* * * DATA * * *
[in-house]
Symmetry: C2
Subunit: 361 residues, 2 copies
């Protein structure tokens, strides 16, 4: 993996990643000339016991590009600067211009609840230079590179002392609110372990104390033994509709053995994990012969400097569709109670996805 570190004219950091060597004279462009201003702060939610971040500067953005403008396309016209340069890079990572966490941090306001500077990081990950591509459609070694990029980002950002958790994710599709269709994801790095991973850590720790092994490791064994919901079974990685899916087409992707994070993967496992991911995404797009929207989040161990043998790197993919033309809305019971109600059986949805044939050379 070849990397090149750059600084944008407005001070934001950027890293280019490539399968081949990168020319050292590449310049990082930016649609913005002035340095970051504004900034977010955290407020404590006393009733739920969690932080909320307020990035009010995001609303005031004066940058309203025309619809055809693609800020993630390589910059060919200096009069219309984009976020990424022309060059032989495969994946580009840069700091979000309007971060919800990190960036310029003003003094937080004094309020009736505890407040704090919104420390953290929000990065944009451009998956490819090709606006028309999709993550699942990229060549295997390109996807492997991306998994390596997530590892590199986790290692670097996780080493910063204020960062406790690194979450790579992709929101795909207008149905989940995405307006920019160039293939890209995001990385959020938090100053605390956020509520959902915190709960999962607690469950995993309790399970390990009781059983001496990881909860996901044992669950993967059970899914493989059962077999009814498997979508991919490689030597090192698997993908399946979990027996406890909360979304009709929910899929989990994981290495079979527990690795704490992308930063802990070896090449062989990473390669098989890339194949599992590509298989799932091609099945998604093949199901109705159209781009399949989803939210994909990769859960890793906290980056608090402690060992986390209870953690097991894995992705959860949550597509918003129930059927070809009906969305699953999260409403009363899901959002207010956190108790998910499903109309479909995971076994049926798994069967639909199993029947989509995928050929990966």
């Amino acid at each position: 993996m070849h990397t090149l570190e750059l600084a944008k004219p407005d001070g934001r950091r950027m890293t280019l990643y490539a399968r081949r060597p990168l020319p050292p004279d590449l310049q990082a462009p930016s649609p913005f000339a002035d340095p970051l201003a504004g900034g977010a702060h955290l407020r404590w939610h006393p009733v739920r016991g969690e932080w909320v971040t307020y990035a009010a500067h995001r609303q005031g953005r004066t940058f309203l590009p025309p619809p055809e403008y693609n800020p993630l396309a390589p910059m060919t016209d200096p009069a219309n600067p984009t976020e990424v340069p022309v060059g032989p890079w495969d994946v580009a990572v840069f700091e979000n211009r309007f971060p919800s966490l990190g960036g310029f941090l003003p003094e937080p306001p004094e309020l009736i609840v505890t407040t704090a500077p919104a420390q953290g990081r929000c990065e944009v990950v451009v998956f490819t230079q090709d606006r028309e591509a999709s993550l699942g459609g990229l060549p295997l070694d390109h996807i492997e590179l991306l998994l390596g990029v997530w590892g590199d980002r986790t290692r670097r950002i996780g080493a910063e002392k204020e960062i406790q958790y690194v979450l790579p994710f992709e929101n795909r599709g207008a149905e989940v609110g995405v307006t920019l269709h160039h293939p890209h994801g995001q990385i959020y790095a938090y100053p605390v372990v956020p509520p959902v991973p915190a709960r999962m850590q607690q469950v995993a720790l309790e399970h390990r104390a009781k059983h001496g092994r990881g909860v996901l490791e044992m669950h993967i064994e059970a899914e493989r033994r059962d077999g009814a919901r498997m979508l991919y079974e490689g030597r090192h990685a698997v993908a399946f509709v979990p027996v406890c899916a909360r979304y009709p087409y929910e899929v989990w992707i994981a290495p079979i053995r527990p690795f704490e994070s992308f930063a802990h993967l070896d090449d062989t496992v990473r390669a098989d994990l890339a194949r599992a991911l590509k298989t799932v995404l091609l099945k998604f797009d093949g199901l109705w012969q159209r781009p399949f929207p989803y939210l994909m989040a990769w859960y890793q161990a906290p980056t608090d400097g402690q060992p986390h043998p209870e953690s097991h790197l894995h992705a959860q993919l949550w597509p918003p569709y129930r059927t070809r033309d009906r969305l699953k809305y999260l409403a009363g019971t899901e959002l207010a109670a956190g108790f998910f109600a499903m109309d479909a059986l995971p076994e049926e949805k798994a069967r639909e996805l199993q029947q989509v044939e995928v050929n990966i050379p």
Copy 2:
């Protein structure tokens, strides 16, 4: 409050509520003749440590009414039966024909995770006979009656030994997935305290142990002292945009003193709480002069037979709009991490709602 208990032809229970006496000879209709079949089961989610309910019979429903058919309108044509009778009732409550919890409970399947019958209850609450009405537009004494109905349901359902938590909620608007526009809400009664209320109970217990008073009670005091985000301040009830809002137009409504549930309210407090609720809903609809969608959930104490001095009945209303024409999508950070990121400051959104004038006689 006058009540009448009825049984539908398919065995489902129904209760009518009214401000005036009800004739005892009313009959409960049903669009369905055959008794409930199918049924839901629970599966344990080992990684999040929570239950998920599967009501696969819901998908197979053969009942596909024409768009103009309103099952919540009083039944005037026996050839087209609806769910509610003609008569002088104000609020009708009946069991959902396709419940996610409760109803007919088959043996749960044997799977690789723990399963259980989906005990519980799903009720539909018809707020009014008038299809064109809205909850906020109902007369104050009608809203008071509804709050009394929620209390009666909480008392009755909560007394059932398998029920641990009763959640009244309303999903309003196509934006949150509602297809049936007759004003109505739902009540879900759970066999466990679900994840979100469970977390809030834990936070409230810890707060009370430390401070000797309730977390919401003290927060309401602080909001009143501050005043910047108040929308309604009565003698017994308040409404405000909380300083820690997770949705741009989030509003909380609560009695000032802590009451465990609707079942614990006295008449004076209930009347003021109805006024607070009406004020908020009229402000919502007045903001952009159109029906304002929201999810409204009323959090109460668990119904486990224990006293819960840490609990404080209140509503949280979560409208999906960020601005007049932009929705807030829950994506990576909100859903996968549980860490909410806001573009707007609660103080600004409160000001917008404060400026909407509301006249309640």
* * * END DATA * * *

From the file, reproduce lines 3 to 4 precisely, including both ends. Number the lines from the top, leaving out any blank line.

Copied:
Subunit: 361 residues, 2 copies
């Protein structure tokens, strides 16, 4: 993996990643000339016991590009600067211009609840230079590179002392609110372990104390033994509709053995994990012969400097569709109670996805 570190004219950091060597004279462009201003702060939610971040500067953005403008396309016209340069890079990572966490941090306001500077990081990950591509459609070694990029980002950002958790994710599709269709994801790095991973850590720790092994490791064994919901079974990685899916087409992707994070993967496992991911995404797009929207989040161990043998790197993919033309809305019971109600059986949805044939050379 070849990397090149750059600084944008407005001070934001950027890293280019490539399968081949990168020319050292590449310049990082930016649609913005002035340095970051504004900034977010955290407020404590006393009733739920969690932080909320307020990035009010995001609303005031004066940058309203025309619809055809693609800020993630390589910059060919200096009069219309984009976020990424022309060059032989495969994946580009840069700091979000309007971060919800990190960036310029003003003094937080004094309020009736505890407040704090919104420390953290929000990065944009451009998956490819090709606006028309999709993550699942990229060549295997390109996807492997991306998994390596997530590892590199986790290692670097996780080493910063204020960062406790690194979450790579992709929101795909207008149905989940995405307006920019160039293939890209995001990385959020938090100053605390956020509520959902915190709960999962607690469950995993309790399970390990009781059983001496990881909860996901044992669950993967059970899914493989059962077999009814498997979508991919490689030597090192698997993908399946979990027996406890909360979304009709929910899929989990994981290495079979527990690795704490992308930063802990070896090449062989990473390669098989890339194949599992590509298989799932091609099945998604093949199901109705159209781009399949989803939210994909990769859960890793906290980056608090402690060992986390209870953690097991894995992705959860949550597509918003129930059927070809009906969305699953999260409403009363899901959002207010956190108790998910499903109309479909995971076994049926798994069967639909199993029947989509995928050929990966």